In recent months, “our recovery has slowed further,” John Laughter, Delta senior vice president of flight operations, told pilots in a memo Monday. “We are now six months into this pandemic and only 25% of our revenues have been recovered. Unfortunately, we see few catalysts over the next six months to meaningfully change this category.”
Laughter told pilots that “we are simply overstaffed, and we are faced with an incredibly difficult decision.”
The airline said it will need 9,450 pilots to operate flights in its peak summer 2021 schedule, but it still will have about 11,200 pilots on its payroll after early retirements take effect Sept. 1.
A recovery is expected to take multiple years. Laughter said the company would try to return pilots to work “as soon as we can, if demand recovers better than we are anticipating.”
If management can reach a deal with the pilots union to “meaningfully spread the available flying among all our pilots at a reduced expense, we can further reduce or avoid those furloughs,” he added.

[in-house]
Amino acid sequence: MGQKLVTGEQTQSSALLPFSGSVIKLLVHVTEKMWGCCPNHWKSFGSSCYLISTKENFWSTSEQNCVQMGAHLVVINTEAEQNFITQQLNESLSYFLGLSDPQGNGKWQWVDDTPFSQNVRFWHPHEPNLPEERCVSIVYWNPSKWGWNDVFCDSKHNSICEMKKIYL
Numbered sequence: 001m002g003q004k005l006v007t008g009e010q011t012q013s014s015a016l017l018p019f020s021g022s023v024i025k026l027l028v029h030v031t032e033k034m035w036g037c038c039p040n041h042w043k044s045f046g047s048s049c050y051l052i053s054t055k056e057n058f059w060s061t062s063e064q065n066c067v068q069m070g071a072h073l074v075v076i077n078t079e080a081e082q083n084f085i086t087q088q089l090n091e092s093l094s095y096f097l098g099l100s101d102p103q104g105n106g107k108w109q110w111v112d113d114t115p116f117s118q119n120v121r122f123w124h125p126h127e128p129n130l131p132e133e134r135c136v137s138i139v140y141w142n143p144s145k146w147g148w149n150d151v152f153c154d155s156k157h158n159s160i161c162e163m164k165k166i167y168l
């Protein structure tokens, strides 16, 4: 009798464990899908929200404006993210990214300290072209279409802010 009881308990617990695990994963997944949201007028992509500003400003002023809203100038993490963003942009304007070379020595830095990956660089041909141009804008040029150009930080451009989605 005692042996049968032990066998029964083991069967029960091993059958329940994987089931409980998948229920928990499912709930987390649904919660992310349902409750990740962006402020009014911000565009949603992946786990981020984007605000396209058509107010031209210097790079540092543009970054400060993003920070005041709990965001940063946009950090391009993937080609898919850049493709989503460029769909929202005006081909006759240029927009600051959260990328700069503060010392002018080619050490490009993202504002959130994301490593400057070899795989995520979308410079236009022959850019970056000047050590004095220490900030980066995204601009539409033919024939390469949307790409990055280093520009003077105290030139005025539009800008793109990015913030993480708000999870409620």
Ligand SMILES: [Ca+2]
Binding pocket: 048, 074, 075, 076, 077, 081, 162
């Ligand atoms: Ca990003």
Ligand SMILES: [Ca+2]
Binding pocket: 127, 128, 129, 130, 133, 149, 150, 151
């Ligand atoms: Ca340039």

The company is also watching to see whether the CARES Act with federal rescue funding for airlines is extended, which could also extend restrictions on furloughs.
Last Friday, Delta said it was continuing talks with the pilots union, the Air Line Pilots Association at Delta, on cost cuts to reduce or avoid the need to furlough pilots.
Delta has been trying for months to negotiate with the union for a reduction of pilots’ guaranteed pay, which could amount to an involuntary pay cut.
But the pilots union said it had instead proposed voluntary measures to save the company money and prevent furloughs.
Chris Riggins, a spokesman for the pilots union, issued a statement saying the union would continue to work with Delta to find ways to mitigate overstaffing.
“While the rest of the industry is working with their employees to explore and develop creative solutions that mitigate massive layoffs, Delta management has instead decided to use the threat of furloughs to force acceptance of involuntary concessions,” Riggins said in a written statement. “It’s not too late for management to complete discussions at the bargaining table and help mitigate the need to furlough.”